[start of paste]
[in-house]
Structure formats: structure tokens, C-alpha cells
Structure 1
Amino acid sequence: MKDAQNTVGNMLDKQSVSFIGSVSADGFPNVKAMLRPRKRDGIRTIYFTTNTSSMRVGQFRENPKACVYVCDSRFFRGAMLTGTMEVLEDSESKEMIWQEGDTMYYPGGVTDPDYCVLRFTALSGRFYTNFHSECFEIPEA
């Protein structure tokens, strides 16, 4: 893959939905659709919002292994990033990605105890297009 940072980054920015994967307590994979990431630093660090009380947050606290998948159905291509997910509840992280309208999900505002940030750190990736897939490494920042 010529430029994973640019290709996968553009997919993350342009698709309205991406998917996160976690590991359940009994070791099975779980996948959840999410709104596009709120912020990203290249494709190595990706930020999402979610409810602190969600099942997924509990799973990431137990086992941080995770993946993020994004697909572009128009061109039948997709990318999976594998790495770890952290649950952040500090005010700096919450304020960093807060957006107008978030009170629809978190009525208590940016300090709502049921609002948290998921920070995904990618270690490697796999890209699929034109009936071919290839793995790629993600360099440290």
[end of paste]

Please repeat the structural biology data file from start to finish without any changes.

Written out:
[in-house]
Structure formats: structure tokens, C-alpha cells
Structure 1
Amino acid sequence: MKDAQNTVGNMLDKQSVSFIGSVSADGFPNVKAMLRPRKRDGIRTIYFTTNTSSMRVGQFRENPKACVYVCDSRFFRGAMLTGTMEVLEDSESKEMIWQEGDTMYYPGGVTDPDYCVLRFTALSGRFYTNFHSECFEIPEA
């Protein structure tokens, strides 16, 4: 893959939905659709919002292994990033990605105890297009 940072980054920015994967307590994979990431630093660090009380947050606290998948159905291509997910509840992280309208999900505002940030750190990736897939490494920042 010529430029994973640019290709996968553009997919993350342009698709309205991406998917996160976690590991359940009994070791099975779980996948959840999410709104596009709120912020990203290249494709190595990706930020999402979610409810602190969600099942997924509990799973990431137990086992941080995770993946993020994004697909572009128009061109039948997709990318999976594998790495770890952290649950952040500090005010700096919450304020960093807060957006107008978030009170629809978190009525208590940016300090709502049921609002948290998921920070995904990618270690490697796999890209699929034109009936071919290839793995790629993600360099440290």